Sometimes somethings are just state secrets. This is a big national project.
What did the experts highlight? This report is now about a year old - so presumably, some of the issues highlighted by the IPE have been addressed. There are some technical issues with the structure itself. My colleague, who knows more about dam structure than I do, indicated that these are the simplest challenges. The Ethiopian government told me more than once that they are open to technical modifications for the dam. I imagine, if anything, this was helpful for the Ethiopian government. Some of what is being decided upon at the dam is in the hands of consultants hired from abroad. EEPCO is managing and overseeing, but the lead engineer, Semegnew Bekele, drops in unannounced constantly in order to keep everyone on their toes - and to make sure things are going as planned. Having another set or sets of eyes on design is always a good thing. There are issues with the spillway, the saddle dam. These are all fixable given time and money.
There are some questions about the flow and evaporation rates. The hydrological information is a matter of data availability. My colleague pointed out that normally two hydrologists will not agree on the frequency of flood events. Take, for example, all the recent flood events in North America and Europe where lots of water infrastructure exists, based on flood projections.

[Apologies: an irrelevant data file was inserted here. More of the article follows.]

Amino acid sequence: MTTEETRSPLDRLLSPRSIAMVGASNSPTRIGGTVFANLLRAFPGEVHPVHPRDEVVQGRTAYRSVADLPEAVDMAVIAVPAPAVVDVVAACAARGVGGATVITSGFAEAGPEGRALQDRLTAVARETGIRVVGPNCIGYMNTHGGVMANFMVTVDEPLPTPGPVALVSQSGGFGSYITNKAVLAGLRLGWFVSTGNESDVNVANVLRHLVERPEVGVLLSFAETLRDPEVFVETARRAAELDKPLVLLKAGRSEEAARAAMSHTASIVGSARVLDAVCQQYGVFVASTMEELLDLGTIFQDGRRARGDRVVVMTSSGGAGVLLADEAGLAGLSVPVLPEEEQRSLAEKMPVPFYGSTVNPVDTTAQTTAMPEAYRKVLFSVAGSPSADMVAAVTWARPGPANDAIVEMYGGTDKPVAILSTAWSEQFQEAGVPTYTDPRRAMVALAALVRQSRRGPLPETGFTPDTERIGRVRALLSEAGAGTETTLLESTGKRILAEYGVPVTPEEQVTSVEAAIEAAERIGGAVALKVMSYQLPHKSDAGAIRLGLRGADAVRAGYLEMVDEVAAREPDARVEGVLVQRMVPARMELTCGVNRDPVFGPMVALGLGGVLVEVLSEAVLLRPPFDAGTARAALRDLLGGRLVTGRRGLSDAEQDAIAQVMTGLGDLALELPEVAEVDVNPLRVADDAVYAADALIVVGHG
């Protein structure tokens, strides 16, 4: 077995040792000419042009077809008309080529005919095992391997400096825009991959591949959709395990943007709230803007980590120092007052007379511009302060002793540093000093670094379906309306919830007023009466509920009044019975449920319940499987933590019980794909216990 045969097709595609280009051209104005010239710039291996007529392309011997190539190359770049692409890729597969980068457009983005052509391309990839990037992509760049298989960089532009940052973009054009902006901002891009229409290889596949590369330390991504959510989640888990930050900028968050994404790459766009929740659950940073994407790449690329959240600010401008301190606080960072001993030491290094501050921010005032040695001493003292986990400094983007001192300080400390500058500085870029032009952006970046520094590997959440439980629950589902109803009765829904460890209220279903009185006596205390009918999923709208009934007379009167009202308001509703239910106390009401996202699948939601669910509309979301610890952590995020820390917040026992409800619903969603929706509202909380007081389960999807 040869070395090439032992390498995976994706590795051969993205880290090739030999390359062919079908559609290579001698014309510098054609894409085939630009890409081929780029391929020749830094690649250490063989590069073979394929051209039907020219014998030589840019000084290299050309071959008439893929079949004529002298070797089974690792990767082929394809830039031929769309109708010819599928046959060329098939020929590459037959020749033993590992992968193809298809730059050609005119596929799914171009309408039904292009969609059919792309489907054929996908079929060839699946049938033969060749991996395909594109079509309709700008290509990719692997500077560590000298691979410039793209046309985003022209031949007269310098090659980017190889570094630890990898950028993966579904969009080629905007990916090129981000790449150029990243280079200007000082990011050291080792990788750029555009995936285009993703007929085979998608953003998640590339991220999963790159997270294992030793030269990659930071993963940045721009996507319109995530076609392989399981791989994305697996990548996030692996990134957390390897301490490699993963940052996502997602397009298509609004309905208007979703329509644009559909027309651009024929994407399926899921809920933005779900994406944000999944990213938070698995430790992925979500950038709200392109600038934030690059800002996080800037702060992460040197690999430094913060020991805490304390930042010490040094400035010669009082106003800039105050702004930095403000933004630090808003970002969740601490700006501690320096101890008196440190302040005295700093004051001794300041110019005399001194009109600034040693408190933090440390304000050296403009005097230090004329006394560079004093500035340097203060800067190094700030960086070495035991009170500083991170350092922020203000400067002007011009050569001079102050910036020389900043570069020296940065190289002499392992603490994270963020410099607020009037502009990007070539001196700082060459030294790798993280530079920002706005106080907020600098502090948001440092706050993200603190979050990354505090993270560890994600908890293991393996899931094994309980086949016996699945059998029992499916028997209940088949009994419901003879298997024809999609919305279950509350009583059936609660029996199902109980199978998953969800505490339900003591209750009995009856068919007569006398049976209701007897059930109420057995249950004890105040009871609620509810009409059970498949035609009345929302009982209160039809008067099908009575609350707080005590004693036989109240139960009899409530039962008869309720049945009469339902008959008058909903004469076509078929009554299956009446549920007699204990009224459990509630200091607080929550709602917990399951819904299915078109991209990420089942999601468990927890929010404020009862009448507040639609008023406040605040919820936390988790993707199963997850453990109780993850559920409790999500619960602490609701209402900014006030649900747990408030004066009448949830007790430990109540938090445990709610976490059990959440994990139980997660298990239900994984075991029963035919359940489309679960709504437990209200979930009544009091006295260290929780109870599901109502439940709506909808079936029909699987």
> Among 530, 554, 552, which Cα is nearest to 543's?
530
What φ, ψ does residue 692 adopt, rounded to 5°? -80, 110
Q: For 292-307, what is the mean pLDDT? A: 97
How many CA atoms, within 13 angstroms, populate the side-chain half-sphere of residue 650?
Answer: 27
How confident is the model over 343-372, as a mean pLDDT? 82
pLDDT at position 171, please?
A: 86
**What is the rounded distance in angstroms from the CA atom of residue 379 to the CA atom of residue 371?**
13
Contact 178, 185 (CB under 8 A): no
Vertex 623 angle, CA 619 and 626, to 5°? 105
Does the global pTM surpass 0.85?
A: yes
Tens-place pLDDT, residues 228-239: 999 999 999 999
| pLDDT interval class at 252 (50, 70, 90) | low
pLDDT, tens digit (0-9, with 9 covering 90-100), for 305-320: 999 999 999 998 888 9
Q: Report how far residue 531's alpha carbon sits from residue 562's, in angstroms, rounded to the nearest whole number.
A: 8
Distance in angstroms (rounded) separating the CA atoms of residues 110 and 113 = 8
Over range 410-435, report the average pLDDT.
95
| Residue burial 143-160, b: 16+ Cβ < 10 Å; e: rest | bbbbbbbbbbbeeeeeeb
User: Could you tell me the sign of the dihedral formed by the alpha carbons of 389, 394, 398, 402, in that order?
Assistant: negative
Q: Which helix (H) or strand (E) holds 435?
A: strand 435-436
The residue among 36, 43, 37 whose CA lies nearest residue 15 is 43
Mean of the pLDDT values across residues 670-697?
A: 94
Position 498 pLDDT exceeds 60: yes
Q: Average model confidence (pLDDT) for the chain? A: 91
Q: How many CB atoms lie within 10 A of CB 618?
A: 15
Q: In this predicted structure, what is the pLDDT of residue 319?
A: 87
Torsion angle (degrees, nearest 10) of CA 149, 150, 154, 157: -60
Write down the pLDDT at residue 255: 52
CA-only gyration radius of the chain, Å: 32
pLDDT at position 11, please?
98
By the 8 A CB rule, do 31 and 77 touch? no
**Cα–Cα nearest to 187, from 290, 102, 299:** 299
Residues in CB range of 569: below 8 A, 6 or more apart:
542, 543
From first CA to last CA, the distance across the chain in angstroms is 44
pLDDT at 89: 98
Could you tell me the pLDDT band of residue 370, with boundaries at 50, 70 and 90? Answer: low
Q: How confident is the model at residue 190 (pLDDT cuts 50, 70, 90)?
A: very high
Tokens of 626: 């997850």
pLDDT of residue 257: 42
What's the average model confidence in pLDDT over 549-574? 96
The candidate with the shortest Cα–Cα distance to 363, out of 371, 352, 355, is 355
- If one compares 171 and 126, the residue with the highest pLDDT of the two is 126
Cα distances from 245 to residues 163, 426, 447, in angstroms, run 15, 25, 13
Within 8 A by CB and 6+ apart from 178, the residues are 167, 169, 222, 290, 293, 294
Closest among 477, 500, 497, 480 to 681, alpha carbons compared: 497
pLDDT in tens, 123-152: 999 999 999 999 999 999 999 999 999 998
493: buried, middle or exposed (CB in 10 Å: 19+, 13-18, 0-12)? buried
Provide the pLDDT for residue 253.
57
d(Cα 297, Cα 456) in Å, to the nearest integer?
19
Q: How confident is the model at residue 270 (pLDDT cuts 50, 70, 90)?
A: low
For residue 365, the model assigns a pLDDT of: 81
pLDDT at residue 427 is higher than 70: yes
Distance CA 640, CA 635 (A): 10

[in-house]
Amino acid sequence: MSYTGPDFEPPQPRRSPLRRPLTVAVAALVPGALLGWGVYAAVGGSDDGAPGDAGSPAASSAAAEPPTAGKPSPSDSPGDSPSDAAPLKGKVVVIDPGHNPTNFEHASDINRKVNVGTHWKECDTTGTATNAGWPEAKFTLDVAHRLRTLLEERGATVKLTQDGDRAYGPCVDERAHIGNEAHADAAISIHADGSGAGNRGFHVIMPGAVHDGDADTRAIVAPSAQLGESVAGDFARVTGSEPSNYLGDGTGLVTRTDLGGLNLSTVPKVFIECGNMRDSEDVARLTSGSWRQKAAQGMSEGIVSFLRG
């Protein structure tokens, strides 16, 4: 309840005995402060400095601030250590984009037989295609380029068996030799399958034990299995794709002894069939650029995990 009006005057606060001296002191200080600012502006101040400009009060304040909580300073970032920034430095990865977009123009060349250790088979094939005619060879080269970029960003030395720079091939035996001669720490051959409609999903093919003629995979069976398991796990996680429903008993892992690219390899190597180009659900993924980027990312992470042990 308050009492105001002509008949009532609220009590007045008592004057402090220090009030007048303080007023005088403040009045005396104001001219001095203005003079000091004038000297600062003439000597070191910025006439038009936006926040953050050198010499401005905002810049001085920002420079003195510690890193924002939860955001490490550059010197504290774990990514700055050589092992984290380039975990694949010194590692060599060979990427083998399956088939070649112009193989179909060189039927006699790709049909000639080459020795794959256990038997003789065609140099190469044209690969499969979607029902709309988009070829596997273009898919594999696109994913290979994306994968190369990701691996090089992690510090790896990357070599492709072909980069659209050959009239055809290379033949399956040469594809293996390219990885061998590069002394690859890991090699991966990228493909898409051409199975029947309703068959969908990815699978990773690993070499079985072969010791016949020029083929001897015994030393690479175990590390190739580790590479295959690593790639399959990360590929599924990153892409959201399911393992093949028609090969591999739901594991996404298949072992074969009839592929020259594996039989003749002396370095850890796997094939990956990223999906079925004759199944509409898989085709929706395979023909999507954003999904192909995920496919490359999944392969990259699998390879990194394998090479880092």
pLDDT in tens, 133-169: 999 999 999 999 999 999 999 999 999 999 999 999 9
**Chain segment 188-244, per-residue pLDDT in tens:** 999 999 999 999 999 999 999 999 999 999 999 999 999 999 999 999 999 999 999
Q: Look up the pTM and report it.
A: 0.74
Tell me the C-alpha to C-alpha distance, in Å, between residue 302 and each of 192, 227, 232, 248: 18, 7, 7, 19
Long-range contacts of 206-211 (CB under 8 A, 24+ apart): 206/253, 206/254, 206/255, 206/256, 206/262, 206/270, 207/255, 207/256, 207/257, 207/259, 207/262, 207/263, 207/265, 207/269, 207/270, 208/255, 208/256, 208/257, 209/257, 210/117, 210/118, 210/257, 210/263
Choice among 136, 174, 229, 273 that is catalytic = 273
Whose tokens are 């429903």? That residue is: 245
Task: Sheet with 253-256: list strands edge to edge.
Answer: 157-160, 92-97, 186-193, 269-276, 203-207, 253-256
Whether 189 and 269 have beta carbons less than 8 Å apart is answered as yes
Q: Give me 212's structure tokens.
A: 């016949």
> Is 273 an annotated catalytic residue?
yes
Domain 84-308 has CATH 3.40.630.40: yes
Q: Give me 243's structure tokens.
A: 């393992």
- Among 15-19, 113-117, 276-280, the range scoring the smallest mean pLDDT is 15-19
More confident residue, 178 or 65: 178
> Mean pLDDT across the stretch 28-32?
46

I was asked to review a paper that has not yet been published that covers different forecasts of reservoir filling using a model - and data that they input with large assumptions. Although I understand the need for these forecasts, they are not that useful in my opinion. In this case especially - we don't have the data to input in the first place. When I spoke with people at the Ministry of Water and Energy in Ethiopia they told me that they can't collect the data as the equipment installed isn't functioning - also the infrastructure that exists in some other countries - good roads to get to remote river stretches or populations able to read and relay data to offices in the city, do not exist, nor do the funds to fix equipment and supply gas to cars making a weekly or monthly trip to the river or the tributaries. So, although records state that Ethiopia has flow gauges on the tributaries of or on the mainstream Blue Nile River, the actual data collection is not and has not been happening. What about rain gauges to track precipitation? Runoff? The story is the same. My colleague who is more versed in hydro-models explained that using assumed numbers is something engineers do, but with such a mega project more careful consideration is necessary to be able to predict future flow trends, filling, dry season, electricity generation. So, if there is not good data to being with - what are we predicting with these models?